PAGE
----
Poli


Project week in Maastricht, Netherlands (18.03.2019-22.03.2019)

Our second trip led us to Maastricht. We traveled through Brussels, so we could see one of the most important capitals of Europe.

The students were not hosted by local families, they stayed in a hostel not far from Maastricht. They could spend much time together, at the same place.

We had many interesting programmes, for example: presentations, visiting in an oyster-farm, a theatre and the government-building where the European Union was founded, went on ship- and cave tour, to a market-day etc. But the WMBO school also was very interesting for us. There you can learn many exciting things and  a lot of jobs.

https://www.vmbomaastricht.nl/

From the students’ reports:

First of all, the organization was a bit messy. The Dutch organizers were really kind and their plan was to give us lots of experience during the exchange. The programs were really interesting and informative at the same time, they also gave good opportunities to  get to know each other. The pace they set for us was really fast and a bit tiring but it was totally endurable. At the end of the day we got a little exhausted but a great sleep at the hostel restored our energy. 

In my honest opinion the programs were great but not so well organized. I enjoyed them because I got to know Maastricht!  

Maastricht is a small but nice city.  I  really  liked how we  could walk around  without having to worry about getting lost, cause we got to know the city very fast. Maastricht is  one  of  the  oldest  cities  in  the  Netherlands  so  we  saw  a  lot  of  beautiful  old  buildings,  like  Saint  Jan’s  Church, the  Dominicanen  bookshop, and the Helpoort gate.  We’ve also seen The Floor is Lava exhibiton, and even went to Maastricht’s national theater, Theater aan het Vrijthof. We visited the building where the Maastricht treaty was signed, Provincial Government Building. The city  also  has  a  lot  of shops, cafés, parks  and  other  public  places  that  we  discovered  while walking  around  the  city.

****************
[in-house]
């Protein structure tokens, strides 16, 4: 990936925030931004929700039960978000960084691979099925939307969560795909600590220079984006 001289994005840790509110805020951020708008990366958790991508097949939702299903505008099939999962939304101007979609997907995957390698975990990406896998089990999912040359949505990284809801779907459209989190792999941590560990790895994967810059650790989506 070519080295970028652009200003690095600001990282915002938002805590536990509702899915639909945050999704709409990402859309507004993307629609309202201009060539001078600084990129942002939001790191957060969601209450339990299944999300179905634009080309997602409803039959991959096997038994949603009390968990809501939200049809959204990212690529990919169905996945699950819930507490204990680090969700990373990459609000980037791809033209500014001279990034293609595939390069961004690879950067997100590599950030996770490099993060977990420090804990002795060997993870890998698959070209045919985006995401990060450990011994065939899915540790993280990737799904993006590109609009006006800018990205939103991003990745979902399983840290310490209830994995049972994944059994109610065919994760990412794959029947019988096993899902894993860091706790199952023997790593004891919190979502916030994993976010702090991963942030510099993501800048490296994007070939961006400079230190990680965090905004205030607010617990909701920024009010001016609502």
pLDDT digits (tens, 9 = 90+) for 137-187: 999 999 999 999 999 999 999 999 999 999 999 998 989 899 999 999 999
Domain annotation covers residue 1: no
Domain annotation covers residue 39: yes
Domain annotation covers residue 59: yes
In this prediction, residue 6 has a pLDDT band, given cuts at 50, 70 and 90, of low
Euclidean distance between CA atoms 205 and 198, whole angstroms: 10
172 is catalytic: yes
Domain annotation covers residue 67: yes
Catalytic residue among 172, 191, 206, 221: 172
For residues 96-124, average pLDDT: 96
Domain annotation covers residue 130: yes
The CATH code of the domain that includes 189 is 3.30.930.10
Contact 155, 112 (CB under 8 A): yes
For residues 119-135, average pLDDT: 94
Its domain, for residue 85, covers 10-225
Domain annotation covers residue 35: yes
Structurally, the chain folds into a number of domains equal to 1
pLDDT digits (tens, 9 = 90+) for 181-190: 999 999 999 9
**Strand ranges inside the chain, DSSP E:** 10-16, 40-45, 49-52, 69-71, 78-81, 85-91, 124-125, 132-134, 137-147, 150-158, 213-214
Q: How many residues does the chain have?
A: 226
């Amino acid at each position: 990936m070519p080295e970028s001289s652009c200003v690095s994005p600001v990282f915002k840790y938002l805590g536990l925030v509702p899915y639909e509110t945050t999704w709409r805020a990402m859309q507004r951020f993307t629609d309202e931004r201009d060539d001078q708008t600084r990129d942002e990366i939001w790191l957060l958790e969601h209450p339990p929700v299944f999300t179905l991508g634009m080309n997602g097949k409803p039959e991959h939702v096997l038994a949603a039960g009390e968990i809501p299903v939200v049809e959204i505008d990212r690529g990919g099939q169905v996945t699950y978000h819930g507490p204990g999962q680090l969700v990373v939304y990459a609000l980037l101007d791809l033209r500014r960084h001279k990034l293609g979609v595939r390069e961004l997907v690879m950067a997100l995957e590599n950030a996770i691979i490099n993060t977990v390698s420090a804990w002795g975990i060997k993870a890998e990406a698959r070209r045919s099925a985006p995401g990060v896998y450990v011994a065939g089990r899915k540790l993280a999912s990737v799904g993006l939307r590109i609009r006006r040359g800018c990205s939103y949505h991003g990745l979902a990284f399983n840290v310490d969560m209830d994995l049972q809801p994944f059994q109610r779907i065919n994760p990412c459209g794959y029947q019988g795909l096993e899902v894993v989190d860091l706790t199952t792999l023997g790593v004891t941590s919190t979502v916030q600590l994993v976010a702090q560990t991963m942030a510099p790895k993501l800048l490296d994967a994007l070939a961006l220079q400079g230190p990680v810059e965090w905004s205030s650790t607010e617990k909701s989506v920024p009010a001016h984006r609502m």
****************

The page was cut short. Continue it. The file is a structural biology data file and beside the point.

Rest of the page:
What was really nice about the project was that there was a balance between free time and workshops.
In the first couple of days we were always split into groups with people from all countries. This made it really hard to decide what we wanted to do and it made spending free time monotonous and a bit boring. Later on, the groups formed naturally, people who wanted to do similar things, went around in a group which made everything running more smoothly.

We visited a huge cave system on Thursday. It was created by miners, who digged half of the system. The other half was made by engineers.
It was really exciting, the walls covered with paintings, drawings and old signs remained from the Second World War. I wondered how many people had been there before and what were their stories. It was like a labyrinth, dark and merciless where you surely get lost if you don’t know the right way. Luckily, we had a guide so the whole trip seemed interesting to me despite the fact that I would die without the guide.

In the school of our Dutch hosts there was a restaurant with a professional kitchen. This was the place where our hosts organized the cooking event on Thursday  before noon. The task of the teams was to choose popular dish from their own country. Our choice was obviously „gulyás” (goulash soup). All countries had to submit their recipe well before the event so that locals could purchase all the necessary ingredients. By the time we got to the kitchen, the Dutch students had been all dressed up as two Michelin star chefs. The whole situation was a bit like Hell’s Kitchen without Gordon shouting at us.

Our team was surprisingly well organized, but the end product did not resemble Hungarian goulash, the main problem seemed to be the lack of Hungarian paprika and substituting beef with pork did not help either. We tried several types of paprika including a Japanese version, while luckily at the end we found something which was close enough. Though we had no clue what it was, which was true about some of the other ingredients, the end result was quite good, we got a lot of compliments. Italy and Portugal put some real effort into the presentation of their dishes as well, they looked and tasted amazing. Compared to this, our team presented the soup in a good old fashioned primary school kitchen style. All countries’ dishes were delicious, we had a really good time .

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